When I first saw this recipe over on King Arthur’s Website I knew I HAD to make it! I had just purchased a Pullman Bread Loaf pan and was thrilled to FINALLY use it. However, I lost the lid for it. See we’ve been in the midst of massive renovations to our home and I’ve had to shift stuff in my baking supply room more times than I can count. I’m sure I’ll find the lid when we go to move but until then I had to figure out a way to use it. Now the purpose of the lid is to create that square 4-cornered sandwich bread we’re all used to.
Not that often do I use a recipe from another site straight out of the gate without some type of tweak but I trust in King Arthur’s recipes and have come to know many of the bakers and workers there. My only concern was how this would bake uncovered/how much would it just rise over.
As you can see the rise over was GORGEOUS! This bread was beyond amazing and literally I would not change one thing about it. Actually I’m not sure if I would even use the lid if I found it. To me, there was no need to. I actually loved this homey-result better.
Now for those of you that don’t have a Pullman Loaf Pan, no worries as you can make this in a standard 9×5″ baking pan (though you’ll have extra dough like I did). Since my loaf payn is 13″ and the original recipe calls for a 9″ loaf pan, I opted to use my regular bread pan.
The extra dough I braided on top for extra pizzazz.
This bread was so unbelievably tender. It was chewy but literally one of the most perfect sandwich bread ever! I used this bread in so many ways! Sure I used it as sandwich bread. THIS with oven-roasted turkey, Asiago, bacon, avocado and arugula was phenomenal! I also used it for french toast with caramelized bananas, pecans, and a hint of rum. Don’t even get me started on this toasted with crunchy peanut butter and crispy bacon.
What? You’ve never had peanut butter bread with crispy bacon? OMG you are so missing out! It’s transcending!
But honestly, just lightly toasted with lots of butter on it is amazing! Now add a dippy egg and I’m your bff!
THIS bread TOASTED with butter and jelly… Oh Sweet Baby Jesus! Seriously this bread doesn’t need anything pretentious, hoity toity or uppity. All it needs is my mouth… er um, a mouth. LOL So to the folks at KAF, well done!Print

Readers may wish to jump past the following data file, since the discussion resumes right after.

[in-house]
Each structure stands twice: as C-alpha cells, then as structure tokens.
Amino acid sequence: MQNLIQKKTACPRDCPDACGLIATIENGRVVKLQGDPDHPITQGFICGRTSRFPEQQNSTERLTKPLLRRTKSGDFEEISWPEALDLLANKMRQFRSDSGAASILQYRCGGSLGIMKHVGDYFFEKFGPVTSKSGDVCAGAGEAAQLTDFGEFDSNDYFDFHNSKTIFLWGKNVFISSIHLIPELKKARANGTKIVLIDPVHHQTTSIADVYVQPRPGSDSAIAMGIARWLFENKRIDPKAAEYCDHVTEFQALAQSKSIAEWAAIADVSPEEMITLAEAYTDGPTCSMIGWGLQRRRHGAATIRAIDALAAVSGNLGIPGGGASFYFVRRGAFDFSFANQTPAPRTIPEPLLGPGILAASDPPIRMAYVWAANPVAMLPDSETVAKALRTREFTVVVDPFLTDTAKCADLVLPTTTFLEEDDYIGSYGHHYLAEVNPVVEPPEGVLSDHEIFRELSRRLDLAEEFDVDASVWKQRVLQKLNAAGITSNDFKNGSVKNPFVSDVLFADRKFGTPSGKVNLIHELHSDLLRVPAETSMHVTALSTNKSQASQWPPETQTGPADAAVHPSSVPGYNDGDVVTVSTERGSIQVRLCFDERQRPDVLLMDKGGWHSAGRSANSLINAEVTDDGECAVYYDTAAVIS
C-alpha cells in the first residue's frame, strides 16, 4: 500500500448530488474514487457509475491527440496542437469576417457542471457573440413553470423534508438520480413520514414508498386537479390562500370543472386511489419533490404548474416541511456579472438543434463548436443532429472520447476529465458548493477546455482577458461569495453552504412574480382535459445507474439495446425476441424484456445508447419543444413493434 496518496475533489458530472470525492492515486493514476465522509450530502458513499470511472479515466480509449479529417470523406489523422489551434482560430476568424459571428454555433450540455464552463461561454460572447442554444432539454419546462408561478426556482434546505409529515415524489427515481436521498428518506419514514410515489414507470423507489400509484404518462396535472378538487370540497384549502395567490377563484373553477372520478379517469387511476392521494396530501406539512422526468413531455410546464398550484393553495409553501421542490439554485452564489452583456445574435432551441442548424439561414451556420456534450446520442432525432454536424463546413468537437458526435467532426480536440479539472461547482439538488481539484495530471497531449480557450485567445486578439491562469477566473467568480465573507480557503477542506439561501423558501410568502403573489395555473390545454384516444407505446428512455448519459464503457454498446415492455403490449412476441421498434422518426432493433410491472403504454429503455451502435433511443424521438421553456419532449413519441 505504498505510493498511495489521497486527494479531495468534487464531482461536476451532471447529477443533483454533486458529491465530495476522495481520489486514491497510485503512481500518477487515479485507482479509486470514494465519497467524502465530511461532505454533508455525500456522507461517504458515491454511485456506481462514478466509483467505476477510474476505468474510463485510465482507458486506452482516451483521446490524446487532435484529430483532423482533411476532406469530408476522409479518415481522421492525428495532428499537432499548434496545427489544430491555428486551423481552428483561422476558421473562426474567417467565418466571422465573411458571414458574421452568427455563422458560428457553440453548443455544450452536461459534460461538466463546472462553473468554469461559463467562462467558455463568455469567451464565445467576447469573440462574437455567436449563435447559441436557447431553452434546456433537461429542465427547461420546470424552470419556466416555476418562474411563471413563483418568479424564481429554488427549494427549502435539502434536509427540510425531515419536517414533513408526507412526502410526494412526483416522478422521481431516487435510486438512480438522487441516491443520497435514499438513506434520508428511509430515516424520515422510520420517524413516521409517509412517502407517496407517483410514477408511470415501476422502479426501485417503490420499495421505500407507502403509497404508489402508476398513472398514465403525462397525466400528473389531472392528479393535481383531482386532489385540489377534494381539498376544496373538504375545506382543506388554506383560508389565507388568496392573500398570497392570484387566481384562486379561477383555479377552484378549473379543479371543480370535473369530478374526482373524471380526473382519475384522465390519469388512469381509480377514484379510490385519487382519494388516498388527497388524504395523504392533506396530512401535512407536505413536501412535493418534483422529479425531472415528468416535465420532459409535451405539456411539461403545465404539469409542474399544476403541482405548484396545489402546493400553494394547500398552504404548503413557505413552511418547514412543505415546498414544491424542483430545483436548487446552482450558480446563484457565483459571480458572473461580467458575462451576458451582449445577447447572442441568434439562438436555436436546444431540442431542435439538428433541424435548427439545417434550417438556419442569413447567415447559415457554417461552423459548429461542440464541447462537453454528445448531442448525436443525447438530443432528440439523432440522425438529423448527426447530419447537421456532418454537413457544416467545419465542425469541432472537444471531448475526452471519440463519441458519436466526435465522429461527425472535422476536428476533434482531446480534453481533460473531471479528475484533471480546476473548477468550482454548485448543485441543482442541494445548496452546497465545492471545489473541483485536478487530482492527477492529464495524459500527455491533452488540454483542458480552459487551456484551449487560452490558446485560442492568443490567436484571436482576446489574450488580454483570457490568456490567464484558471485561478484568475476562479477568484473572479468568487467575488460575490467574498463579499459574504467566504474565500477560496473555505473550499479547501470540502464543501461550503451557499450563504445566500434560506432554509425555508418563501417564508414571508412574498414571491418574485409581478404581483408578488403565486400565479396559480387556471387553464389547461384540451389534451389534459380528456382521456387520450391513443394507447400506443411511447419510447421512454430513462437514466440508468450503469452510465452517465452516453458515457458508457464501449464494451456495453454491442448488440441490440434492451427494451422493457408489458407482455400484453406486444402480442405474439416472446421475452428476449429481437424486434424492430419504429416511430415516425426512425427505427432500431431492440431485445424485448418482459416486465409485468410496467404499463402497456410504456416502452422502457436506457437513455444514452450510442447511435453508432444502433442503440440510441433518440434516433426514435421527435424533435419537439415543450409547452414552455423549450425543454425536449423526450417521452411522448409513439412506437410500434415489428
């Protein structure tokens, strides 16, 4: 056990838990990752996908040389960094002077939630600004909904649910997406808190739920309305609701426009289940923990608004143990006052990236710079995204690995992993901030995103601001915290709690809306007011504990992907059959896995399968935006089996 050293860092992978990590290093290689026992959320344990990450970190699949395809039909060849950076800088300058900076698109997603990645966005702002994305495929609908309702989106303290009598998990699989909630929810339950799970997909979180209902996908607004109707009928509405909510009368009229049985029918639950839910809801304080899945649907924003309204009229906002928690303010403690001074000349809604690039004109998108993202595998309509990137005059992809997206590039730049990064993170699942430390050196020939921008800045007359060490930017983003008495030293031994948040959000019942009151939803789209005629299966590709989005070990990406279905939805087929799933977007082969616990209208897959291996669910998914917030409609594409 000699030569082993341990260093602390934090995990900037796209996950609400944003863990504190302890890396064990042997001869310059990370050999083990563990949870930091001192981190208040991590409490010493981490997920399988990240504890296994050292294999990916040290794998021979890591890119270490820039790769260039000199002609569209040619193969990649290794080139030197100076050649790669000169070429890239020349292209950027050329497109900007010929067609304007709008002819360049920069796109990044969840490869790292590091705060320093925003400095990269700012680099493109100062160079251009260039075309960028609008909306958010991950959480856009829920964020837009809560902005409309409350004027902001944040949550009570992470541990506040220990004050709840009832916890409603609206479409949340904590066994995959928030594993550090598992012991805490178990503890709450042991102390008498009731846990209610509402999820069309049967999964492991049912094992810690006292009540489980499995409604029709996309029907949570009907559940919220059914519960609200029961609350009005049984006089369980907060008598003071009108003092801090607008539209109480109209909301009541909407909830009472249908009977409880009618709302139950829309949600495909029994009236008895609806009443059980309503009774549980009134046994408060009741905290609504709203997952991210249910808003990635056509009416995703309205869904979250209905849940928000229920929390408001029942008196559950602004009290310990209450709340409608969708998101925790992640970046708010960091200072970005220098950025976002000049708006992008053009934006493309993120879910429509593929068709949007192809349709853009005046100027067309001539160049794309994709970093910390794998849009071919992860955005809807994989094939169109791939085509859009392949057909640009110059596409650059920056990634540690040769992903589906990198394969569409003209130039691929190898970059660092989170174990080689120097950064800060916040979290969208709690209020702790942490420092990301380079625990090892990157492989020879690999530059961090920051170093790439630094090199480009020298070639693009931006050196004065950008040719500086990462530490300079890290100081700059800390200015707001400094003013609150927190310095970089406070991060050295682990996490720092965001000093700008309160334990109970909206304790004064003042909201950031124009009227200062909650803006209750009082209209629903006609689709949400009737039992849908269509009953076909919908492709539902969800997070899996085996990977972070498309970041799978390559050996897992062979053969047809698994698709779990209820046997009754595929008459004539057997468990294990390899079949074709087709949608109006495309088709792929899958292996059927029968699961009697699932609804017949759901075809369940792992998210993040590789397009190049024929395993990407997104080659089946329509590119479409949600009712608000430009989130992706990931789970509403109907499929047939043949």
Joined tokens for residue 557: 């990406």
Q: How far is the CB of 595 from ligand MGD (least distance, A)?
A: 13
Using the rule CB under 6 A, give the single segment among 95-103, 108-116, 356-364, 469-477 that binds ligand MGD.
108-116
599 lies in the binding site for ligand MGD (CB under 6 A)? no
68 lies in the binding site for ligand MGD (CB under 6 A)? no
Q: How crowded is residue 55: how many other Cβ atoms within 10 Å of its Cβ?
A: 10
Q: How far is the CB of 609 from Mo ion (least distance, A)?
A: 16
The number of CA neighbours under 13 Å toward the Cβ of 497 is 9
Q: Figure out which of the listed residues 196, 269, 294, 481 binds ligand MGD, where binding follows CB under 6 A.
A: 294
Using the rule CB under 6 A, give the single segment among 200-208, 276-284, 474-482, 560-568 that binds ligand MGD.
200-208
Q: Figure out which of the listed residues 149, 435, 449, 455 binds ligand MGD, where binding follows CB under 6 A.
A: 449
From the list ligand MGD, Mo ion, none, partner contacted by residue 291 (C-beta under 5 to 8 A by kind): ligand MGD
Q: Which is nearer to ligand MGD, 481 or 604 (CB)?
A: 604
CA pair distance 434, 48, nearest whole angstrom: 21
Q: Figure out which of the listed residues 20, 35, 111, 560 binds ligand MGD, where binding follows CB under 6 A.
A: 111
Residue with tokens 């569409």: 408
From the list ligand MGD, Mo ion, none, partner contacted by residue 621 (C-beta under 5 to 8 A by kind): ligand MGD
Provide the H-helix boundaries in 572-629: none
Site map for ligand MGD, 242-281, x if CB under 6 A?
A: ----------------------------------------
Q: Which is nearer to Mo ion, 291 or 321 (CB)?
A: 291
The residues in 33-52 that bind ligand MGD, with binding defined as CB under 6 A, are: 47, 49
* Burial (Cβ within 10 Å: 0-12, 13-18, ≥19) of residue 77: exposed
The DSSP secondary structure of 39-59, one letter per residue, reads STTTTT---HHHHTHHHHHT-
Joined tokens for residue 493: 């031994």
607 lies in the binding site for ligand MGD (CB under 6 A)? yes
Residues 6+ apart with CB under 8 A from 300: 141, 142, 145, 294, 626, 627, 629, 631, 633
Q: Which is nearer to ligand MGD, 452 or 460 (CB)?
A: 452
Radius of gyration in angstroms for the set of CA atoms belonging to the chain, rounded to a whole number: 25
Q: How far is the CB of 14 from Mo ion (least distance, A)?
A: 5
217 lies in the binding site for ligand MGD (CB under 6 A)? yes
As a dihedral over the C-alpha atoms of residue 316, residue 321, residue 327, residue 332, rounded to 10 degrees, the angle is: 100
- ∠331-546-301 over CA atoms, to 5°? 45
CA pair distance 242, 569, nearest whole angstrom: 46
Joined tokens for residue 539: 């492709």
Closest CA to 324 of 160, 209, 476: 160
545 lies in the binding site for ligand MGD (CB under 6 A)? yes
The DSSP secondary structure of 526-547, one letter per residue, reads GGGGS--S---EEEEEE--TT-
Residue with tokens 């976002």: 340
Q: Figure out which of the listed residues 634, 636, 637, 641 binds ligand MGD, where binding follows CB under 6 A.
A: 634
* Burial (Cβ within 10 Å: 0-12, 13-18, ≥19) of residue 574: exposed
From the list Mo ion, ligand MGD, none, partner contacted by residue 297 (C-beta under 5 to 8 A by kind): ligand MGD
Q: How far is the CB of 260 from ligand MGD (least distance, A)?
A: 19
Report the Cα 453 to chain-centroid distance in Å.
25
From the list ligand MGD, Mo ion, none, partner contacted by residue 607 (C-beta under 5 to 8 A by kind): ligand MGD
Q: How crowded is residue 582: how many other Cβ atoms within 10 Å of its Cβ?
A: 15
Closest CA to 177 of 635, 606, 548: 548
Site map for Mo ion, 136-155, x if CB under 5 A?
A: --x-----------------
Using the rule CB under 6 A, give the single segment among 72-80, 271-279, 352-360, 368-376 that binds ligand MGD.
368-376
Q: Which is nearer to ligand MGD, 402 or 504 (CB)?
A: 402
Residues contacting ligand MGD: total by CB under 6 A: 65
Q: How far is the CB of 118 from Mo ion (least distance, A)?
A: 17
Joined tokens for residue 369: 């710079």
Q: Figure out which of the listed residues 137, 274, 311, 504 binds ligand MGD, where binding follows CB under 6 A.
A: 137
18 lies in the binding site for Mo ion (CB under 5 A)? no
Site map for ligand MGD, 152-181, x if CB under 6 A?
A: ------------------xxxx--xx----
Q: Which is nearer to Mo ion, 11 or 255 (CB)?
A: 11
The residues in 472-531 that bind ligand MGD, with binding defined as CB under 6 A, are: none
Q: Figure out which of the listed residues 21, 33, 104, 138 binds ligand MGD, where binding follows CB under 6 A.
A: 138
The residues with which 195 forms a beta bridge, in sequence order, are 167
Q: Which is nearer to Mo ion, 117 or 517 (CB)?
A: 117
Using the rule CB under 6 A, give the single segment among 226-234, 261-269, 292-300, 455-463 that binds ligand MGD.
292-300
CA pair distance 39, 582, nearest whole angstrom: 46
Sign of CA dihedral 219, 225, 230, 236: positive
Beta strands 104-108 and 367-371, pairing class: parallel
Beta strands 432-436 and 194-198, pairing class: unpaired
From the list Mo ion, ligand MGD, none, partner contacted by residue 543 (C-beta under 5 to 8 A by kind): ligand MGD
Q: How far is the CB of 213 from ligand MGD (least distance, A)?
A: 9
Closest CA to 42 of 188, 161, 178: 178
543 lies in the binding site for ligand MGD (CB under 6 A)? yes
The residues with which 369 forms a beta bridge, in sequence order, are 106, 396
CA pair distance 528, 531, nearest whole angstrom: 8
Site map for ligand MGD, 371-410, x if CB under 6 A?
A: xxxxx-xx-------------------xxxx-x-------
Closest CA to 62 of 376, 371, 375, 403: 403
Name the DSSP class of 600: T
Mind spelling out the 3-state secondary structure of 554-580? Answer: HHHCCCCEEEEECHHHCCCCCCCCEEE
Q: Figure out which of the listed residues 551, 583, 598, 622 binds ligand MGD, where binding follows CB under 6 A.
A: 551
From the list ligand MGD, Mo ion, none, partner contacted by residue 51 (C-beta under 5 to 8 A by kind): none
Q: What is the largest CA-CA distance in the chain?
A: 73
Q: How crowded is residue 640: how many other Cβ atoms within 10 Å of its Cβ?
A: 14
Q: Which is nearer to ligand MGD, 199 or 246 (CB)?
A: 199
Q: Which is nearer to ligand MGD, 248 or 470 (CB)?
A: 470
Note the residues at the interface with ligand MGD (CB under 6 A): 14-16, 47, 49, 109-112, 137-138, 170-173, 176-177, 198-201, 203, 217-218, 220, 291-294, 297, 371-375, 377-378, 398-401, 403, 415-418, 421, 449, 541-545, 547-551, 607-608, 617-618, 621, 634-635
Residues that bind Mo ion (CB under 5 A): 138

- 3 cups (361grams) bread flour
- 2 1/4 teaspoon (7 grams) instant yeast
- 1 cup (90 grams)old-fashioned rolled oats (not quick oats)
- 1 1/2 teaspoon (8.5 grams) salt
- 4 tablespoon (57 grams) melted butter, unsalted
- 1 egg
- 1/4 cup (33.75 grams)baker’s dry milk powder
- 3 tablespoon (64 grams) honey
- 1 cup (227grams) to 1 cup + 2 tablespoon (255 grams) lukewarm water*
- 9″ Pullman Loaf Bread Pan
- Combine all of the ingredients and mix with a Danish Dough Whisk (or sturdy wooden spoon). Cover the bowl with plastic wrap or clean linen cloth, and let the dough rest for 20 minutes. What you’re doing is giving the oats a chance to absorb some of the liquid.
- Using a stand mixer and dough hook, knead the dough to make a smooth, soft, elastic dough. ~8-10 minutes.
- Place the dough in a large, lightly greased bowl and let it rise for 1 to 1 1/2 hours, until it’s risen noticeably. It won’t necessarily double in bulk. Gently deflate the dough, and shape it into a 9″ log.
- Put the log into a lightly greased 9″ Pullman pan, pressing it gently to flatten. * Place the lid on the pan (or cover with plastic wrap, for a better view), and let the dough rise until it’s about 1″ from the top of the lid, 60 to 90 minutes. Towards the end of the rising time, preheat the oven to 350°F. Slide the pan’s lid over top (remove the plastic if you used that) and bake the bread for 30 minutes. Remove the lid, and bake for an additional 5 minutes, or until an instant-read thermometer inserted into the center registers at least 200°F.
- Remove the bread from the oven, and turn it out of the pan onto a rack. Run a stick of butter over the top, if desired; this will yield a soft, buttery crust. Cool completely before cutting; wrap airtight and store for several days at room temperature.